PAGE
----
Ilumerous demands of her job, Margare[ is a member of the Civil

Community. Chair of the

Air Patcol, 3rtends rhe Batavia As~embl}' of God in Harrison. and


Eagle Christian Retreat Center,

ami a former chair of the Linle Rock Conference United

volunreers wirh the Humane Society. (he Unitcd Way and Arkansas

Mcthodist Committee on Equirable Salaries. On the localleve-1.

VolulHeers for rhe Elderly. (ler relendes.\ pursuit of equal access to

'Iimy serves as chOir direcror and youch Sunday school teacher ar

justice has nor gone unnoticed hy those whose lives she has affecred

Carr Memorial Methodist Church. Tony


selfless com-

mitment to his community and [he legal profession makes him

in her ..:ommunity and J

shining example oLl lawyer who improves the honor and inregri-


rh;.H she works with on a daily basis.

Margarer Reger is a lawyer who tircles.dy works to advance the aoministr.uion of jusrice in her cOlllmunity of Harrison.

ry of rhe legal profession.

Ally persoll may flom;,ulfe a lawyer or judge by completing the Nomillatioll Form and turlli1lg the Form into the Arkansas Bm' Associatio1l office 011 or hefore the nomiuatioll delldline. Nomi"ation deadlines are january 31st and july 31st of each yem~ NomiNation Jonlls 'lIId guidelbus for the alvaI'd are Ilvailnble at 1U1U1U.fll'kbfll'.com or by contactiug the Association.

Vol. 41 NO. 4. r"Ii 2006 The Arbn,", '"\\)"cr


Arkansas Suprcmc Court Historical


Noteworthy Arkansas Jurists: Supreme Court Justices Who Also Served As Governor By Logan Scott Stafford


he governo rs of Arkansas have co me from a va ri ety of backgrounds. Many have served in the General Assembly, some have held other executive branch offices, and a few have been elected to the stare's [OP office with no significant po li tical experience. Nmough me judicial bran ch has not bee n a tradi tio nal traini ng ground for chief executive of the st3te, me bench of Arkansas has man aged to produce a fair number of the state's fo rry- fo ur gove rnors. Al though severa] have tried, o nly one si tring justice of the Arkansas Supreme Court has been elected governo r. Hen ry M . Recto r was a Li ttle Rock attorney with large land holdings who served [VoIO terms in the state senate during the 1850's rep resentin g Perry and Pulaski Coun ties. In 1859, wim m e backing of the Johnso n-Co nway-Sevier "Family" [hat contro ll ed antebellum politi cs in Arkansas, the General Assembly elected Reccoc to the sup reme co urt. T he following year oppo nents of the Family persuaded Recmc [0 run againS[ Ro bert H . Johnson. the Family's nominee fo r governor. Rector's ca nd idacy proved to be a magnet fo r antiFamily voters, and in the 1860 general e1ecrion he defea ted Johnson by a slim margin . W hen the secession conventio n met in May 186 1 and adopted a new sta te consticU[ion, Recto r's opponents managed co sneak a provisio n inca the consd rutio n that cut twO yea rs off th e fo ur year term co which Rector had been elected . See Danky and Johnson, '" part<, 24 Ark. 2 (1 862). In me 1862 general electi on Recto r was defeated by Harris Fl ;:1 na gin, a C onfederate offi ce r se rving east of the Mississippi . Rector never agai n held a major polirical office in Arkansas, al mough his son, Elias W. Rector, unsuccessfully challenged incumben r Governor Jeff Davis in rhe 1902 Democraric primary. Simon P. Hughes served as born governor and supreme coun justice, bu t his two terms 26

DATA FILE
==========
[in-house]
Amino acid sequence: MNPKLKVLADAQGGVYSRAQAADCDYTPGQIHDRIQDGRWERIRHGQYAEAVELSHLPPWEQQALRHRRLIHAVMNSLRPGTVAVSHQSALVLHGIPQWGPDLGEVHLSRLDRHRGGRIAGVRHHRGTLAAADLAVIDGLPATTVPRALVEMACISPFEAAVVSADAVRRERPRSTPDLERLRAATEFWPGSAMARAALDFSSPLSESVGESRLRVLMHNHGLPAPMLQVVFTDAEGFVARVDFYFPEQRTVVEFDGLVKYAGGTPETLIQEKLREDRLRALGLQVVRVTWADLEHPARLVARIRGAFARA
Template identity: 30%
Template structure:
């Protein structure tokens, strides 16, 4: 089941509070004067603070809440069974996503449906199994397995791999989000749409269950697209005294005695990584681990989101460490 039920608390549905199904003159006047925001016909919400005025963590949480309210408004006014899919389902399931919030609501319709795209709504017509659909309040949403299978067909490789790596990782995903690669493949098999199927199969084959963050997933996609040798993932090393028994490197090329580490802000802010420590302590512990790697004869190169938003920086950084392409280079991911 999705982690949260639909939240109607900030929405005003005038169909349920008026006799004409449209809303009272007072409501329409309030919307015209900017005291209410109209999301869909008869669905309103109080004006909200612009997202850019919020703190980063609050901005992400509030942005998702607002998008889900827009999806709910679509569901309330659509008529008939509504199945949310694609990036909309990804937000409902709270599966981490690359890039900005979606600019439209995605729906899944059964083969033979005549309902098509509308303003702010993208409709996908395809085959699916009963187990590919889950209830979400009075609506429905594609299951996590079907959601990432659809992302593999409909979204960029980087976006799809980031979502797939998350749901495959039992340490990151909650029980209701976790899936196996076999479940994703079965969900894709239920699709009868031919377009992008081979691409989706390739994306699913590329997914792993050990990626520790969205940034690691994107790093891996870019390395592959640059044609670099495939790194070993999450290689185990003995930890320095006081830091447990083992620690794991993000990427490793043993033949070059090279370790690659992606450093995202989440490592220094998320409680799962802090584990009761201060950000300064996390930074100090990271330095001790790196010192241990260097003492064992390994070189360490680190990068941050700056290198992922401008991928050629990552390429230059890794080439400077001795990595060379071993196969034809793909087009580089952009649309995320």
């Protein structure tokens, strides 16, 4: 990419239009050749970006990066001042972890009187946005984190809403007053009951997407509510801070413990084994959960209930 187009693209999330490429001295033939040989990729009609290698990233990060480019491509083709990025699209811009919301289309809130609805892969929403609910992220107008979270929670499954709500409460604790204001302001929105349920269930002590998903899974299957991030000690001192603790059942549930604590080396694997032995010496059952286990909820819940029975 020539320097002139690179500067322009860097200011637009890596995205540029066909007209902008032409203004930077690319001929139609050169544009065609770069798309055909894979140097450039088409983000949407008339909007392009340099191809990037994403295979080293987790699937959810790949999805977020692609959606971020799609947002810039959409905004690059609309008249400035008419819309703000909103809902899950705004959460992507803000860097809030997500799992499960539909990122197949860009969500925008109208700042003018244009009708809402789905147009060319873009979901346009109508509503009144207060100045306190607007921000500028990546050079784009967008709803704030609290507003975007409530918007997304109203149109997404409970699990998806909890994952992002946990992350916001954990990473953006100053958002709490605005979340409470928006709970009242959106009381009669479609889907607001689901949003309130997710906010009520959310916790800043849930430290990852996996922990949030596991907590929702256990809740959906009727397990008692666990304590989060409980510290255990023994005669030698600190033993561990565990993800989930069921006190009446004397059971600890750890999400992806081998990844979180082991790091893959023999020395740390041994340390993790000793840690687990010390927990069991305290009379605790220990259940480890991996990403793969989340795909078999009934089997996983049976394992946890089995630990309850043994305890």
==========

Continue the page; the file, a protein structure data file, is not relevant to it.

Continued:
n,e Arkansas Lawyer

This article is provided by the Arkansas Supreme Court Historical Society. Inc. For more information on the Society contact Rod Miller. Arkansas Supreme Court Historical Society. Justice 8uilding. Suite 1500. 625 Marshall Street. Little Rock. Arkansas 72201; Email:; Phone: 501-682-6879.

as chief executive came before his twO terms on the coure. Hughes was an orph an who had li ved in Tenn essee and Texas before setcling in Mo nroe Coun ry in 1849. O nly fo ur years after moving to Monroe Coumy he was elected sheriff of the co un ty. He studied law whi le se rving as sheri ff and was admitted to the bar in 1857. When th e C ivil War broke OUt, he joined the Confederate Army, ini tially serving with an Arkansas infanrry regimem and later with a Texas cavalry un it. He was elected to the Arkansas legislature in 1866, bur beca use he had taken an oam of allegiance co the Unired States when he became sheriff and afterward suppon ed the onfederacy, Hughes was barred from VO[ing o r ho ldin g poli tical o ffi ce by the Constitution of 1868. When the Democrats rega ined power in 1874, Hughes was me successful Democratic nominee fo r attorney general. In 1876 he fi rst sought the governor's office bur was defeated. He made a second attempt eight years later, and this time he was successful. Hughes served as gove rno r from 1885 to 1889. Nthough considered by most to have been a co mperem chief executive, the Democrats declined to nominate Hughes for a third term . Despite his rejectio n by fellow Democrats. Hughes campaigned hard during th e 1888 general election for th e Democratic gubern acorial nominee, James P. Eagle. T he Constitutio n of 1874 allowed me General Assembly to increase th e number of supreme court justices from three to five when the state's populatio n reached one million. The 1889 General Assembly exercised its power to expand the court, and at a special election held in April 1889 Hughes was elected to an eight year term on the court. In 1896 vO[ers gave him a second eight year rerm, bu t he retired fro m the court in 1904 and died twO years later at his Little Rock home. Elisha Baxter was elected both justice of the supreme co un and govern or, bur un like